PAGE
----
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Archive for the ‘floods’ Category

Flooding in Eastern Europe, Balkans

Posted by feww on June 3, 2010

Heavy rains trigger more flooding in Eastern Europe, Balkans, isolates  towns, killing at least 6 people

Heavy rainfall has caused rivers to overflow in Hungary and the neighboring Slovakia and the Czech Republic, killing at least 6 people, and forcing thousands to evacuate.

Many roads in northeastern Hungary have become impassible, and railway services are out of action.

Flooding has also affected both Bosnia, where boats are used to evacuate people, and  Serbia, where officials say the situation is “critical.”

Posted in environment, flood disaster, flooding, Flooding in Balkans, Flooding in Eastern Europe, floods | Tagged: , , , , | Leave a Comment »

Nature Rejects More Cars

Posted by feww on September 8, 2009

Images of the Day: Cars NOT Welcome!

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Vehicles piled up by flood waters after heavy rains inundated Tlanepantla, Mexico. (Photo: The Associated Press/Eduardo Verdugo). Image may be subject to copyright.

Landslide- Chile - AFP
The landslides are blamed on heavy rains that have fallen instead of the usual winter snowfall. Photo: AFP. Image may be subject to copyright.

Heavy rain triggered rock and mud avalanches near the capital Santiago, killing at least two people and leaving one missing, Reuters reported.

The first avalanche buried homes and cars and swept a woman into a river, killing her on Sunday. The victim’s 1-year-old daughter is missing, AP reported the authorities as saying.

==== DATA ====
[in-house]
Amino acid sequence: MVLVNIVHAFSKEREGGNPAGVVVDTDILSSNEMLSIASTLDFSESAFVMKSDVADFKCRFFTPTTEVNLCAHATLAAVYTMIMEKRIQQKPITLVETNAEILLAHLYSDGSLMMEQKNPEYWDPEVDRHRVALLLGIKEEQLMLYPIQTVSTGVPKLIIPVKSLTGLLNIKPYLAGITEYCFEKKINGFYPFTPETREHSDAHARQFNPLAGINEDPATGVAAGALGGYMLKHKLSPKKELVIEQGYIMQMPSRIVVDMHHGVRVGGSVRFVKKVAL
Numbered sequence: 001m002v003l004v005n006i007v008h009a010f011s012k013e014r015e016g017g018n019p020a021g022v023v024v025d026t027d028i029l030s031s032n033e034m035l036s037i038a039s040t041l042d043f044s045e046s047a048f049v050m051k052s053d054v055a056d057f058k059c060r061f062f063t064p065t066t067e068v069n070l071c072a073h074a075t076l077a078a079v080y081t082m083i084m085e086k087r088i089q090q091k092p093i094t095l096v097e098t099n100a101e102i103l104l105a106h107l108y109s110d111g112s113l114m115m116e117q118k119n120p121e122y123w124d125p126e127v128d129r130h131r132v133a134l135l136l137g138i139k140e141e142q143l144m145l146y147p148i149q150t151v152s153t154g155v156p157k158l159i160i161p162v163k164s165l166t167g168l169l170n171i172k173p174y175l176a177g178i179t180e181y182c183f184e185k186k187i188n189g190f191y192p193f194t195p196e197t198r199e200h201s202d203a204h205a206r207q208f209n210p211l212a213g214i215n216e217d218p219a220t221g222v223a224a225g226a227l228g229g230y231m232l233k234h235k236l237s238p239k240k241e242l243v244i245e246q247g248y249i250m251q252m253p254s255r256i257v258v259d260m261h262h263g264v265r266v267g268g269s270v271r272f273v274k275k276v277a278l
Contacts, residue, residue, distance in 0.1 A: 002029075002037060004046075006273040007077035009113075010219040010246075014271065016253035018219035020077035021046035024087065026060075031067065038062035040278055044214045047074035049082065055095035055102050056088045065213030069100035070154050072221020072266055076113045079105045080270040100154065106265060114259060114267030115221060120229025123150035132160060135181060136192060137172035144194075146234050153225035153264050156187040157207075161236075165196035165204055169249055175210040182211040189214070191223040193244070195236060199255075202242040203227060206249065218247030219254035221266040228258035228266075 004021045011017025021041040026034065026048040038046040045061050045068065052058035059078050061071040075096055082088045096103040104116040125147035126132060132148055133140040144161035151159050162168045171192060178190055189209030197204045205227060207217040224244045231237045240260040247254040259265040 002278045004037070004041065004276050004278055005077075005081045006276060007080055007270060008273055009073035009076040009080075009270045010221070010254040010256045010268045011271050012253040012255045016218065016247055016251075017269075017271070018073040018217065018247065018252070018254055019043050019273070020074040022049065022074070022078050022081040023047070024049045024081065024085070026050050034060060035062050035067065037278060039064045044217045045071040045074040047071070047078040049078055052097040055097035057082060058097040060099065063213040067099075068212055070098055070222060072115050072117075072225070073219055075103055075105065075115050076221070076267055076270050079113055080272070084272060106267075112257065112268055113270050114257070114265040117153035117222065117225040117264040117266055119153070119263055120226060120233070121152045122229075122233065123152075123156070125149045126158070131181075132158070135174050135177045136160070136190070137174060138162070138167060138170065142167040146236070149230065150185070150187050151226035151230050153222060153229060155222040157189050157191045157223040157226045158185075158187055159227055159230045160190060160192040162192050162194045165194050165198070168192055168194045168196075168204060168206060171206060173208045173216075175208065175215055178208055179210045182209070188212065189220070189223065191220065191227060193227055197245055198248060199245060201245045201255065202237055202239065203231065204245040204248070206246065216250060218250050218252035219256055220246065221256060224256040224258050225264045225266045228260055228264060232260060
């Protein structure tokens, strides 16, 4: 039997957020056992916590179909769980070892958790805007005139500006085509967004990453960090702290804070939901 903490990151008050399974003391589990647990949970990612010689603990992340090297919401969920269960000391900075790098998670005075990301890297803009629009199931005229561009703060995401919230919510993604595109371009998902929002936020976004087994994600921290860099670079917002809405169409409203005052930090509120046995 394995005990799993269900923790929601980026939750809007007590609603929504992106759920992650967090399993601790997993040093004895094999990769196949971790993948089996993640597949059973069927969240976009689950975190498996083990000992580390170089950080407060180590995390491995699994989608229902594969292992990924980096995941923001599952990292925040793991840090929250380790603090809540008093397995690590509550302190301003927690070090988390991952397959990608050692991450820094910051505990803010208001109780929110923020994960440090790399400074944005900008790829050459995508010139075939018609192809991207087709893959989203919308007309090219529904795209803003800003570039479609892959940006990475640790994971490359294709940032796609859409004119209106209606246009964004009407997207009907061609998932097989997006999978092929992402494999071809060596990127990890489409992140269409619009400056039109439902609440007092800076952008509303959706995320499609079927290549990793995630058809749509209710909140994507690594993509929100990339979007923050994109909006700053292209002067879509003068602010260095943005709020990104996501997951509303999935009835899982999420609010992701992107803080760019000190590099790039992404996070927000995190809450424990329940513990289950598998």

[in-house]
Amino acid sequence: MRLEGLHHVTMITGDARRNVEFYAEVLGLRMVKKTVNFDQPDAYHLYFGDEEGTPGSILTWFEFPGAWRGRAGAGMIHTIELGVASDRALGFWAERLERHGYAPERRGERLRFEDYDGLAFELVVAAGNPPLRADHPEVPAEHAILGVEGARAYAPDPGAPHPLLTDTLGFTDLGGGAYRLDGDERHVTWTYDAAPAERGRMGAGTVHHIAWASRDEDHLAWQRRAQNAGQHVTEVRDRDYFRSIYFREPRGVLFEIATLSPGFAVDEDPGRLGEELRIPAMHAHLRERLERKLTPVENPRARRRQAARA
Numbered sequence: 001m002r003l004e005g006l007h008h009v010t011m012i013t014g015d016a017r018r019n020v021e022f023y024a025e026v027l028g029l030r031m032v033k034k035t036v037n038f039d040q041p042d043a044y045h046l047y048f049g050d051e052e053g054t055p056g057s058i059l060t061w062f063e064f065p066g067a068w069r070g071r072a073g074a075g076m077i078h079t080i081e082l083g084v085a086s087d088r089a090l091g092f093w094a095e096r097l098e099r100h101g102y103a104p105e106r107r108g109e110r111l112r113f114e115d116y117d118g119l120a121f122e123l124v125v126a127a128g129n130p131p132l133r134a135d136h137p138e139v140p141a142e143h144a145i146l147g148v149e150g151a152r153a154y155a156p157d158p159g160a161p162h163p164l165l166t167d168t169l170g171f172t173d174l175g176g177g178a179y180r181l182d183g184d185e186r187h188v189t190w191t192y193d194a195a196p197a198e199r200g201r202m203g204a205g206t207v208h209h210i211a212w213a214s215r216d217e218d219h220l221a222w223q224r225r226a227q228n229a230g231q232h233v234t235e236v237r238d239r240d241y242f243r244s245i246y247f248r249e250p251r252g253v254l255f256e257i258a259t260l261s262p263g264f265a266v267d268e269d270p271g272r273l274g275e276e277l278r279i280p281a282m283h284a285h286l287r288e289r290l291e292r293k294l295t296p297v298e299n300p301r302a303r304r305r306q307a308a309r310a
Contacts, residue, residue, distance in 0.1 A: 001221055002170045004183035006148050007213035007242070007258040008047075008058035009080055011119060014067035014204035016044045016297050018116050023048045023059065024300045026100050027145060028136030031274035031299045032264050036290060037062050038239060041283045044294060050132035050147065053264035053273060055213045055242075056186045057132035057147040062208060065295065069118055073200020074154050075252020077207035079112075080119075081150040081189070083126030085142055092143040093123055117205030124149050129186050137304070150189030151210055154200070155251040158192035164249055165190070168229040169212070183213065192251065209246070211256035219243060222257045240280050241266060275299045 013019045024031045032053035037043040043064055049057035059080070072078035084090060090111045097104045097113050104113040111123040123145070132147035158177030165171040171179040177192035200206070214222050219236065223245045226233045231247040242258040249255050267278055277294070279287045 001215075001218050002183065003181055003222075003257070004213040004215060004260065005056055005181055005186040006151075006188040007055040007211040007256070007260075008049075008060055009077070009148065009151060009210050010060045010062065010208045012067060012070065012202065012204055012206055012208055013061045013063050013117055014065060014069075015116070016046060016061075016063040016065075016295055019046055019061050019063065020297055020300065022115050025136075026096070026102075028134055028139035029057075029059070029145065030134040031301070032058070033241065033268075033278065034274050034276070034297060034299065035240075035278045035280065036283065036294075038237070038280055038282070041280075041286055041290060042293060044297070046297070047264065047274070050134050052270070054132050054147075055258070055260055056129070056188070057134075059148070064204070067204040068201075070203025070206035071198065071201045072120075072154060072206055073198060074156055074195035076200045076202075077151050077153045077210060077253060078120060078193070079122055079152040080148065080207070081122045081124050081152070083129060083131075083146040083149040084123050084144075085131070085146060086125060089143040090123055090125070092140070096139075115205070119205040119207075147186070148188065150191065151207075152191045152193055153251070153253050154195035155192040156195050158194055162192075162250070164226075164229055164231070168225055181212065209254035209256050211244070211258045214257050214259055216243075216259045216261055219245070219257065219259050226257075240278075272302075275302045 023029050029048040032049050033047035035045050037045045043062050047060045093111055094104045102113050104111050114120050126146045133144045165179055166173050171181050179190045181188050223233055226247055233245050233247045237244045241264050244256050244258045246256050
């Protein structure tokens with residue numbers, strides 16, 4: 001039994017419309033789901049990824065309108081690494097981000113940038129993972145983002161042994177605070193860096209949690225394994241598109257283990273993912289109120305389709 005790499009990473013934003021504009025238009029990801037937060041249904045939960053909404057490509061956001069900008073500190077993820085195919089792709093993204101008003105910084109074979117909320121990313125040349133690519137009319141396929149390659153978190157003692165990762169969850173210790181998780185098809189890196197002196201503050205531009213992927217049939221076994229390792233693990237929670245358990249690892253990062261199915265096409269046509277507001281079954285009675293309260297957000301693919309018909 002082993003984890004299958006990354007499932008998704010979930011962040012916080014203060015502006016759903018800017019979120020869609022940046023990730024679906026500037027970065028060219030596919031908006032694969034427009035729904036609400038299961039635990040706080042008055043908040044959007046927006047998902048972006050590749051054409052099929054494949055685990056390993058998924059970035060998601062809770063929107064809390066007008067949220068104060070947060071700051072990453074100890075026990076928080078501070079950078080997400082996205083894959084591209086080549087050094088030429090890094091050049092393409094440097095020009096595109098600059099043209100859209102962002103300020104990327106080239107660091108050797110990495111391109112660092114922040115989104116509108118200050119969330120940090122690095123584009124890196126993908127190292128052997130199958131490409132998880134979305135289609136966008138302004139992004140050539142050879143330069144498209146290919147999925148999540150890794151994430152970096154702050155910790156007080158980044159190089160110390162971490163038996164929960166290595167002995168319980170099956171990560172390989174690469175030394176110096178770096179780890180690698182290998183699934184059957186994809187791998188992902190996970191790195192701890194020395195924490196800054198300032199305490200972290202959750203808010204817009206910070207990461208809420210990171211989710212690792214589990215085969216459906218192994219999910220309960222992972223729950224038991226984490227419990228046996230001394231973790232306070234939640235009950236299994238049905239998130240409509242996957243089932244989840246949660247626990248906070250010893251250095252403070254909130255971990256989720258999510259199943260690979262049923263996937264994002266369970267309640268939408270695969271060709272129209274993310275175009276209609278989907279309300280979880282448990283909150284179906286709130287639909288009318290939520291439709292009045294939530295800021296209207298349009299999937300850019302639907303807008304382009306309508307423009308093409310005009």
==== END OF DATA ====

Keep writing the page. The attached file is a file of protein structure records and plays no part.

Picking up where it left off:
A second avalanche at Anglo American’s Los Bronces copper mines wept away buildings, killing a security guard and injuring  at least 10 others.

About 1,500 people , mostly tourists, have been stranded, according to various reports.

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Chile: Mudslides leave at least two dead and one missing

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Posted in Anglo American mines, chile, Extreme Rain Events, floods, landslides, Los Bronces copper mines, mudslides, Santiago landslides | Tagged: , , , , | Leave a Comment »

Typhoon Etau Wreaks Havoc Along Coast of Honshu, Japan

Posted by feww on August 10, 2009

Typhoon Etau Monday pummeled the coast of Honshu, Japan, bringing torrential rains, which caused floods and landslides, and killing at least 13 people, with a dozen more missing.

The town of Sayō in Hyōgo prefecture  was reportedly inundated after torrential rains dumped a record 326 mm of rain in just 24 hours, disrupting air and rail links, Japan’s NHK reported the police as saying.

Typhoons Morakot and Etau
The Paths of typhoons Morakot and Etau. Image Source: Pacific Disaster Center. Image may be subject to copyright.

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Diagrammatic representation of the above image.
Source: Pacific Disaster Center/via BBC. Image may be subject to copyright.

“Brown waters engulfed the town, ripping through the walls of buildings, toppling trees and flushing cars and furniture through the streets, television images showed from Sayo in Hyōgo prefecture on Honshu island.” AFP reported.

“It was so scary, the water came surging with a roar,” a resident told japan’s  NHK. “I’ve lived here for 60 or 70 years, but I’ve never seen a scene like this before.”

Hyōgo and Okayama prefectures  were the hardest hit by floods and landslides caused by record rainfall, Xinhua reported.

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In
Hyōgo prefecture, Japan, more than 100 troops were deployed as a river burst its banks and inundated about 480 houses. AFP Photo. Image may be subject to copyright.

Japan Typhoon
The town of SAYO sumo-wrestled to the geound by Etau. Original caption: A man walks by a light truck turned over on its side in a street following a nearby river floods caused by a torrential rain in Sayo, western Japan, Monday, Aug. 10, 2009. Typhoon Etau slams into Japan causing floods and landslides. (AP Photo/Kyodo News). Image may be subject to copyright.